As I mentioned before, there was a constitutional association when former president Castillo tried to attempt a coup d'état. There was an immediate reaction from all the democratic institutions. Congress convened, and President Castillo was impeached with 103 votes from all the political parties, including Peru Libre, which was the party that presented the presidency of former president Castillo. After that, strictly following what the constitution says, Vice-President Boluarte was sworn in as President of Peru. This is the way the constitution proceeded.
    Now the government is trying to hear the general demand of the population in advance of a new general electoral process. To do so, we need to have constitutional reform. That is why, taking into account this political crisis and the demands of the population, President Boluarte, in accordance with the provisions of article 107 of the political constitution of Peru, submitted for the urgent consideration of the Congress of the Republic a constitutional reform project that modifies the terms of her mandate. It proposes that the general election be moved forward to April 2024. That deal was approved last December in a first vote with 93 votes.
    I must point out that, prior to the presentation of this bill, there was another one presented within Congress in which is it was proposed to hold elections in December 2023 and assume a new government on May 1, 2024. That project was rejected.
    Subsequently, in January, they led a side deal that was presented by the executive branch, and within Congress, there were two projects presented to bring forward elections to December 2023, which did not achieve the necessary consensus for approval.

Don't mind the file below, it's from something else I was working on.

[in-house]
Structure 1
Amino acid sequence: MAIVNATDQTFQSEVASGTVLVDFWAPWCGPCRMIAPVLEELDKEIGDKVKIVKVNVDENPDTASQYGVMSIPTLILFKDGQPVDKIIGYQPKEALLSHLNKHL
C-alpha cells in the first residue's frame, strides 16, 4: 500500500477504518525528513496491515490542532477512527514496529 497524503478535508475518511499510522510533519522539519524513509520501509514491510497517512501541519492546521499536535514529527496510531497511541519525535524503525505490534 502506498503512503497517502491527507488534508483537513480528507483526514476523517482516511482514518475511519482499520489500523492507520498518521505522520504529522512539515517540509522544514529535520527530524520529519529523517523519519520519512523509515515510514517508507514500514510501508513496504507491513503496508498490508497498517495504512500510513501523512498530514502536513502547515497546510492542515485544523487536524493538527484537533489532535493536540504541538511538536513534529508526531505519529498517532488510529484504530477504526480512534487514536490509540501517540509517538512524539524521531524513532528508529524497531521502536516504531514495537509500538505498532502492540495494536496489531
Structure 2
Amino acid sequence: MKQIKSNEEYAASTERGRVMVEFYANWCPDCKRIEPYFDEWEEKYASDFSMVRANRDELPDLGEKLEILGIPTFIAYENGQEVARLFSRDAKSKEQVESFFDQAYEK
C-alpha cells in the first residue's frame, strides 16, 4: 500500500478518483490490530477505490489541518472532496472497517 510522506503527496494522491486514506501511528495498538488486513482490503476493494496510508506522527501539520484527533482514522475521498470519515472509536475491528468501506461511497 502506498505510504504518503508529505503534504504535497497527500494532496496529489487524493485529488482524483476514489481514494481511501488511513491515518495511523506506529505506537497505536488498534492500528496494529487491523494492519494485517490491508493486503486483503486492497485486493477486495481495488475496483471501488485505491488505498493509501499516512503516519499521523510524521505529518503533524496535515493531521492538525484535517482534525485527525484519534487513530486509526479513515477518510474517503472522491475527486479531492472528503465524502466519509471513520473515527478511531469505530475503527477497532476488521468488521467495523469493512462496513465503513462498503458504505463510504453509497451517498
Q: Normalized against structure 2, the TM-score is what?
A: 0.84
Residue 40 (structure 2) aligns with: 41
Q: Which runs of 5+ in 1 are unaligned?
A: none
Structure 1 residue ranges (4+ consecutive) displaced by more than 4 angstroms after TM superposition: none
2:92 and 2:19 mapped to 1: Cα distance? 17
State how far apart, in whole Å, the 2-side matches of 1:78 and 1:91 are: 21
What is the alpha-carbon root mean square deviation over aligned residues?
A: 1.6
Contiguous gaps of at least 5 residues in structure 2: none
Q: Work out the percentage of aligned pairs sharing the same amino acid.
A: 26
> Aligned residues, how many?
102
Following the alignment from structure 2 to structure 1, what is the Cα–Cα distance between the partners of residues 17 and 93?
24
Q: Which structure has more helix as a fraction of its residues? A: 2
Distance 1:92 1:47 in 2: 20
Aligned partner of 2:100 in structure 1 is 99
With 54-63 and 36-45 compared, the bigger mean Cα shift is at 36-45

For these reasons, President Boluarte presented for the second time a new project to advance elections, this time to be held in October of this year and having the new government take office on December 31 of this year. This project was referred to the constitution committee and was not approved. Currently, the Congress is still discussing the issue and the legislative session could be concluded by tomorrow, but there is some discussion between the parties and Congress to extend this legislative session until February 17 to continue talking about this. This is still being worked out right now as we are talking.


    Are all members of Congress to decide? It's not one individual saying this or that.
    No, it's the institution of Congress according to the constitution, because, to call a general electoral process in advance, we need to reform the constitution. The only body that can do that is Congress.
    Concerning the individuals that are elected at this point in time, if there is a new election, will they be allowed to put their names forward again for the next term or will they have termed out?
    This is something that is being discussed within Congress, if they have the possibility of being re-elected or not, because the constitution does not recognize the possibility for congresswomen and congressmen to be re-elected. In this case, because the mandate has not finished due to it's being five years, I don't know if they are going to be discussing the possibility. This is something that pertains to the Congress.
    In the removal of the president, Congress followed the constitution in the process to have him removed. Is that fair to say?
    Strictly, yes. It was a constitutional succession. There is no question about it.
    As far as the military and the judicial branch, there's an agreement the process was legitimate.
    When former president Castillo attempted this coup d'état and gave his message to the nation, after the message, the armed forces and the police immediately made a communiqué saying that they were going to respect the constitution.
     It did what it was supposed to do.